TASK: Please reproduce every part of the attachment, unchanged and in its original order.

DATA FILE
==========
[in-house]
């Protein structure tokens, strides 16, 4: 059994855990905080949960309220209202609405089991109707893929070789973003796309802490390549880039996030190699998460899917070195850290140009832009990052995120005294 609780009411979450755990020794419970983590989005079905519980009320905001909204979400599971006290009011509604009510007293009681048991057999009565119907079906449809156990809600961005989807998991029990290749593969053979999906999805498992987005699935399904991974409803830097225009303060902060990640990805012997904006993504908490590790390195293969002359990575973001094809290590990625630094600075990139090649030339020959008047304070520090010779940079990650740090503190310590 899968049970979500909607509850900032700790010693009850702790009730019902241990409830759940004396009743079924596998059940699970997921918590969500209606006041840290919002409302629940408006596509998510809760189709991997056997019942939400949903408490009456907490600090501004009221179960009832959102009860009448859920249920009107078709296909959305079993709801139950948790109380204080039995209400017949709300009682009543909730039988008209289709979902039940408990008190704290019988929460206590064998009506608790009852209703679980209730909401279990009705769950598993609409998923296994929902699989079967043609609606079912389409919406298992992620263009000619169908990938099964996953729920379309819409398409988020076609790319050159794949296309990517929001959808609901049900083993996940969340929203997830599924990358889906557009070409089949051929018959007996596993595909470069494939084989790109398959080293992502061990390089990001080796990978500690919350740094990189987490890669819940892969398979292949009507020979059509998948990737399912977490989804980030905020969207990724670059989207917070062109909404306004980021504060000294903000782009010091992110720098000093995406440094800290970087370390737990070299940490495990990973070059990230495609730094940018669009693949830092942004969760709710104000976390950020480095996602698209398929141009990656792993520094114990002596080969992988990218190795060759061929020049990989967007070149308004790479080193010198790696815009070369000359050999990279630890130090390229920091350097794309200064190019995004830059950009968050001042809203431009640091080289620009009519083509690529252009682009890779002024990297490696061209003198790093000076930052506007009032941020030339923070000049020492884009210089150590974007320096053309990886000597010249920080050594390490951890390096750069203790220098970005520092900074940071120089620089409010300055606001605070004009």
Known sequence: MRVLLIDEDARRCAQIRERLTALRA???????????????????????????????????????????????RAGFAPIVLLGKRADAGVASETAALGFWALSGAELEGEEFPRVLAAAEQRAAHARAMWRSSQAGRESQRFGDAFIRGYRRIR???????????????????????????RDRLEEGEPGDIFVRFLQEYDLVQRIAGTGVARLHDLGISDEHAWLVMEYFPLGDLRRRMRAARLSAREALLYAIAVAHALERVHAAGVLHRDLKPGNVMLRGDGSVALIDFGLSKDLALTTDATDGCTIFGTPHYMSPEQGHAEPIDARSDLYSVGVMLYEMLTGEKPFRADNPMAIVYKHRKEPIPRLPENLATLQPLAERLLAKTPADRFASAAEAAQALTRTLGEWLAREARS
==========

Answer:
[in-house]
């Protein structure tokens, strides 16, 4: 059994855990905080949960309220209202609405089991109707893929070789973003796309802490390549880039996030190699998460899917070195850290140009832009990052995120005294 609780009411979450755990020794419970983590989005079905519980009320905001909204979400599971006290009011509604009510007293009681048991057999009565119907079906449809156990809600961005989807998991029990290749593969053979999906999805498992987005699935399904991974409803830097225009303060902060990640990805012997904006993504908490590790390195293969002359990575973001094809290590990625630094600075990139090649030339020959008047304070520090010779940079990650740090503190310590 899968049970979500909607509850900032700790010693009850702790009730019902241990409830759940004396009743079924596998059940699970997921918590969500209606006041840290919002409302629940408006596509998510809760189709991997056997019942939400949903408490009456907490600090501004009221179960009832959102009860009448859920249920009107078709296909959305079993709801139950948790109380204080039995209400017949709300009682009543909730039988008209289709979902039940408990008190704290019988929460206590064998009506608790009852209703679980209730909401279990009705769950598993609409998923296994929902699989079967043609609606079912389409919406298992992620263009000619169908990938099964996953729920379309819409398409988020076609790319050159794949296309990517929001959808609901049900083993996940969340929203997830599924990358889906557009070409089949051929018959007996596993595909470069494939084989790109398959080293992502061990390089990001080796990978500690919350740094990189987490890669819940892969398979292949009507020979059509998948990737399912977490989804980030905020969207990724670059989207917070062109909404306004980021504060000294903000782009010091992110720098000093995406440094800290970087370390737990070299940490495990990973070059990230495609730094940018669009693949830092942004969760709710104000976390950020480095996602698209398929141009990656792993520094114990002596080969992988990218190795060759061929020049990989967007070149308004790479080193010198790696815009070369000359050999990279630890130090390229920091350097794309200064190019995004830059950009968050001042809203431009640091080289620009009519083509690529252009682009890779002024990297490696061209003198790093000076930052506007009032941020030339923070000049020492884009210089150590974007320096053309990886000597010249920080050594390490951890390096750069203790220098970005520092900074940071120089620089409010300055606001605070004009």
Known sequence: MRVLLIDEDARRCAQIRERLTALRA???????????????????????????????????????????????RAGFAPIVLLGKRADAGVASETAALGFWALSGAELEGEEFPRVLAAAEQRAAHARAMWRSSQAGRESQRFGDAFIRGYRRIR???????????????????????????RDRLEEGEPGDIFVRFLQEYDLVQRIAGTGVARLHDLGISDEHAWLVMEYFPLGDLRRRMRAARLSAREALLYAIAVAHALERVHAAGVLHRDLKPGNVMLRGDGSVALIDFGLSKDLALTTDATDGCTIFGTPHYMSPEQGHAEPIDARSDLYSVGVMLYEMLTGEKPFRADNPMAIVYKHRKEPIPRLPENLATLQPLAERLLAKTPADRFASAAEAAQALTRTLGEWLAREARS